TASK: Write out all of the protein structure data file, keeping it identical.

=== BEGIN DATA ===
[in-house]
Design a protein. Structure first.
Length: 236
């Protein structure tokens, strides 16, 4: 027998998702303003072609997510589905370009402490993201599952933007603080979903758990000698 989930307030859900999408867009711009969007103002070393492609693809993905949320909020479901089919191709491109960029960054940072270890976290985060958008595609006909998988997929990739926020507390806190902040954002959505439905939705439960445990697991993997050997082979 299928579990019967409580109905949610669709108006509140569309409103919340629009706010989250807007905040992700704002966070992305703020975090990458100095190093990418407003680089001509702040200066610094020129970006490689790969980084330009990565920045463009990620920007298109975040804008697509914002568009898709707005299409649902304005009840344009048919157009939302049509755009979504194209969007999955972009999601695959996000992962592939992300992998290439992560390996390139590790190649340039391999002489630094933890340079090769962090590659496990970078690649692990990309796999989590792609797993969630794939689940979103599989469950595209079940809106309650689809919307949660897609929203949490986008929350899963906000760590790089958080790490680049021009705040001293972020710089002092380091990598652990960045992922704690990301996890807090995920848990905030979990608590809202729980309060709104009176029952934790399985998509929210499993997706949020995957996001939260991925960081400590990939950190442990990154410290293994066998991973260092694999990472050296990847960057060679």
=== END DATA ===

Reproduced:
[in-house]
Design a protein. Structure first.
Length: 236
């Protein structure tokens, strides 16, 4: 027998998702303003072609997510589905370009402490993201599952933007603080979903758990000698 989930307030859900999408867009711009969007103002070393492609693809993905949320909020479901089919191709491109960029960054940072270890976290985060958008595609006909998988997929990739926020507390806190902040954002959505439905939705439960445990697991993997050997082979 299928579990019967409580109905949610669709108006509140569309409103919340629009706010989250807007905040992700704002966070992305703020975090990458100095190093990418407003680089001509702040200066610094020129970006490689790969980084330009990565920045463009990620920007298109975040804008697509914002568009898709707005299409649902304005009840344009048919157009939302049509755009979504194209969007999955972009999601695959996000992962592939992300992998290439992560390996390139590790190649340039391999002489630094933890340079090769962090590659496990970078690649692990990309796999989590792609797993969630794939689940979103599989469950595209079940809106309650689809919307949660897609929203949490986008929350899963906000760590790089958080790490680049021009705040001293972020710089002092380091990598652990960045992922704690990301996890807090995920848990905030979990608590809202729980309060709104009176029952934790399985998509929210499993997706949020995957996001939260991925960081400590990939950190442990990154410290293994066998991973260092694999990472050296990847960057060679």